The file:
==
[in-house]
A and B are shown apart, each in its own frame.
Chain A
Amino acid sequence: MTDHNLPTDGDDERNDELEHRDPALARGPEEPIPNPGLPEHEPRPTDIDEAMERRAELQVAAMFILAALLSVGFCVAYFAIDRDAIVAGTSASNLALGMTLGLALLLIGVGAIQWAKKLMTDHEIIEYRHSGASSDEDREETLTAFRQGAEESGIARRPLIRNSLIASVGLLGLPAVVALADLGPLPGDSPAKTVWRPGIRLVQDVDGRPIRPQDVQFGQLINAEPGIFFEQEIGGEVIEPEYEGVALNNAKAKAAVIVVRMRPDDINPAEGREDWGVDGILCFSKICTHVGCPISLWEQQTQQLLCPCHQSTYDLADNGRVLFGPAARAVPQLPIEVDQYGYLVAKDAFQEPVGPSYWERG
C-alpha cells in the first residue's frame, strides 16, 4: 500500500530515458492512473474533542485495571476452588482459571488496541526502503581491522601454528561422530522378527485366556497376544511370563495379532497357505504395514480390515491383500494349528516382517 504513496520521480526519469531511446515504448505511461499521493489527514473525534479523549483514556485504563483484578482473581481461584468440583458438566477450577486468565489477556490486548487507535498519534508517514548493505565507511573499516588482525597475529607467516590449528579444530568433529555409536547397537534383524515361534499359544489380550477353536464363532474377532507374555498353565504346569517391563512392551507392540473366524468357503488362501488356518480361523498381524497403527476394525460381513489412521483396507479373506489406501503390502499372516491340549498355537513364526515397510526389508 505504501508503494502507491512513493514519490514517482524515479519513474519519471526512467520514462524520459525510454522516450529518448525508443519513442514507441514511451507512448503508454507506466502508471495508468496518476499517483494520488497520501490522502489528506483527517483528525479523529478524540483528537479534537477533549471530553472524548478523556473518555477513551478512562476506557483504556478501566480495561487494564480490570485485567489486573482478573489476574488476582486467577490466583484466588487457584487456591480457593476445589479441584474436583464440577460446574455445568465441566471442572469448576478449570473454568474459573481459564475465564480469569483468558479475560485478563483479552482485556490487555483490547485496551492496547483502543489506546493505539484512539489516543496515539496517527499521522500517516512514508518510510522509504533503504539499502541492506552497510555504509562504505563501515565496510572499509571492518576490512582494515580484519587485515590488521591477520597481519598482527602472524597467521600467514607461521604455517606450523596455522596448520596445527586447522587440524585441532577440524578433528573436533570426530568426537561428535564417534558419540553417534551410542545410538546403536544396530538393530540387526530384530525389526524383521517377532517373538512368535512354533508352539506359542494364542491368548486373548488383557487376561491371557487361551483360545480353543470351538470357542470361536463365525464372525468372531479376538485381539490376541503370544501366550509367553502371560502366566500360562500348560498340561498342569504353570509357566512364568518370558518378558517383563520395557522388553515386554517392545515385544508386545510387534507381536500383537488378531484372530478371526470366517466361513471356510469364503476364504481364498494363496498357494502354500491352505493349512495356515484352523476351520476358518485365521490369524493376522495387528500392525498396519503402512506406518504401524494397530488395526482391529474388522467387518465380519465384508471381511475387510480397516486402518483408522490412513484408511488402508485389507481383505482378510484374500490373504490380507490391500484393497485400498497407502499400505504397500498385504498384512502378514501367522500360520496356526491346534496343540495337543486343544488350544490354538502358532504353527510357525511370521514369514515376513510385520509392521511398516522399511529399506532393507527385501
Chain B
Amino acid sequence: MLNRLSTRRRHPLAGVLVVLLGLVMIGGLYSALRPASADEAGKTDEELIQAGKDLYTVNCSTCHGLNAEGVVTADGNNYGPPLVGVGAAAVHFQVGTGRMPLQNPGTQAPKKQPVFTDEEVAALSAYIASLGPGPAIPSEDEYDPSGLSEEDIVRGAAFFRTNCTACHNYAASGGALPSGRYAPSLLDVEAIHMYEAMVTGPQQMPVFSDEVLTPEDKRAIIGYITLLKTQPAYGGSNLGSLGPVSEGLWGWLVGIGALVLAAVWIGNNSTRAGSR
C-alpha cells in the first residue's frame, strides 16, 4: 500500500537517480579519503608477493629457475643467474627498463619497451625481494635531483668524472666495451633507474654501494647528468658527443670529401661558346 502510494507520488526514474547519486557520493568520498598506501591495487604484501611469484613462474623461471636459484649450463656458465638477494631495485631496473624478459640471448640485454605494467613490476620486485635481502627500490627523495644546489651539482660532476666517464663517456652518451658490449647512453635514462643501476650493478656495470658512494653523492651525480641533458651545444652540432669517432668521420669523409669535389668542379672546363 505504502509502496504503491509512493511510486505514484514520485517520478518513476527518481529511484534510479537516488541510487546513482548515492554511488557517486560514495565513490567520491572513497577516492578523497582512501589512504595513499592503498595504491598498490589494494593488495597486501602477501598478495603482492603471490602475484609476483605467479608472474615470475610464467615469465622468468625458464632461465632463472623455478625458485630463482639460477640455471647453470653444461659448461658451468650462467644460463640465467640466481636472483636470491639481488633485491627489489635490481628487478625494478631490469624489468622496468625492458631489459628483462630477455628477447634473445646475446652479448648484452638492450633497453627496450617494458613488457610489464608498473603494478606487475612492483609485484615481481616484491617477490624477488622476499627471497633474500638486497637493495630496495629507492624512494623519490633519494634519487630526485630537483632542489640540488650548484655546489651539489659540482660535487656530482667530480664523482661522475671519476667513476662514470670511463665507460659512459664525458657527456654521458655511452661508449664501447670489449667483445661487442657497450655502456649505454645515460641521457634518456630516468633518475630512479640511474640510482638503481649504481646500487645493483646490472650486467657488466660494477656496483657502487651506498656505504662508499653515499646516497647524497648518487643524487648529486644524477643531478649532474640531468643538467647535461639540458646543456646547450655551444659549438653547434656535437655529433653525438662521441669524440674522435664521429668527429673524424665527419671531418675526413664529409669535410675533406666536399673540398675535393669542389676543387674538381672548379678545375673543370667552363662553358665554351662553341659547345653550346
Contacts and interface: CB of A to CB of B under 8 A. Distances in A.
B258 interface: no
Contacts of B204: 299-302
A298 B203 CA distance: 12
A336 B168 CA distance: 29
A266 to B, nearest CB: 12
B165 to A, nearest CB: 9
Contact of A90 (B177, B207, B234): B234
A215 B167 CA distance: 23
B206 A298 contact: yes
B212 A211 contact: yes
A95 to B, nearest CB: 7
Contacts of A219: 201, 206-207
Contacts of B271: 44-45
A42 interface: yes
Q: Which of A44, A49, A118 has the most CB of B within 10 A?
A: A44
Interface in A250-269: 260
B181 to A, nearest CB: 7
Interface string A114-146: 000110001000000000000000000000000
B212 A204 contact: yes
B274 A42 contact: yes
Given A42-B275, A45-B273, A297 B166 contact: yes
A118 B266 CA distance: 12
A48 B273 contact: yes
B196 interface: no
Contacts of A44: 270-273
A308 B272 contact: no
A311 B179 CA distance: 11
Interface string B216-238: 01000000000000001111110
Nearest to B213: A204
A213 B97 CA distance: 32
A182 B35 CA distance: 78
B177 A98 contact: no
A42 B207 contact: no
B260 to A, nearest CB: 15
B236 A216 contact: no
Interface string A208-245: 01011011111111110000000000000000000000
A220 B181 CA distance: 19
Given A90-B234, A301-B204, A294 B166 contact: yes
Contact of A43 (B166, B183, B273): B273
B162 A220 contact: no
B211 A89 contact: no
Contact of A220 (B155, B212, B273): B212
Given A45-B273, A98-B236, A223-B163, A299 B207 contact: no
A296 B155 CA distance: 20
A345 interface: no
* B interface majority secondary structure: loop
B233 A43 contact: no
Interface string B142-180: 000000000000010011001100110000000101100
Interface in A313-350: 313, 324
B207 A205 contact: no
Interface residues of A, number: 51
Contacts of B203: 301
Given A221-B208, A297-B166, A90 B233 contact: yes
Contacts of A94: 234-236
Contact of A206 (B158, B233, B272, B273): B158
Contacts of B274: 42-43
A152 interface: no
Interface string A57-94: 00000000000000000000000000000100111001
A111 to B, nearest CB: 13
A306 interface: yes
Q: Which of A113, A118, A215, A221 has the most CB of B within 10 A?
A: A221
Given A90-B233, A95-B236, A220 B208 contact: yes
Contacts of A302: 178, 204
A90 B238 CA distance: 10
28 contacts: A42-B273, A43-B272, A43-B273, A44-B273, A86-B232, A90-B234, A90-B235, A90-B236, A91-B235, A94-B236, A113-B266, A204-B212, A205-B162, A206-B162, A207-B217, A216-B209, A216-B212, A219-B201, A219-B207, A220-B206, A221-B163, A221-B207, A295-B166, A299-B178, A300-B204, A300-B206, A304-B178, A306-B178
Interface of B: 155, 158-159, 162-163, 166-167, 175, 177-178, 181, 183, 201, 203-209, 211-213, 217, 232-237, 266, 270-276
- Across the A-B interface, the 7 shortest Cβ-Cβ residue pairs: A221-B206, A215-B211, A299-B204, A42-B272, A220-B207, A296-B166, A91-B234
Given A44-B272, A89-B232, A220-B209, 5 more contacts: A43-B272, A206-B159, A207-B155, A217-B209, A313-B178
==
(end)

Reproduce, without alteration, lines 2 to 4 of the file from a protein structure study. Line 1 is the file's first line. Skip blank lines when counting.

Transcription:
A and B are shown apart, each in its own frame.
Chain A
Amino acid sequence: MTDHNLPTDGDDERNDELEHRDPALARGPEEPIPNPGLPEHEPRPTDIDEAMERRAELQVAAMFILAALLSVGFCVAYFAIDRDAIVAGTSASNLALGMTLGLALLLIGVGAIQWAKKLMTDHEIIEYRHSGASSDEDREETLTAFRQGAEESGIARRPLIRNSLIASVGLLGLPAVVALADLGPLPGDSPAKTVWRPGIRLVQDVDGRPIRPQDVQFGQLINAEPGIFFEQEIGGEVIEPEYEGVALNNAKAKAAVIVVRMRPDDINPAEGREDWGVDGILCFSKICTHVGCPISLWEQQTQQLLCPCHQSTYDLADNGRVLFGPAARAVPQLPIEVDQYGYLVAKDAFQEPVGPSYWERG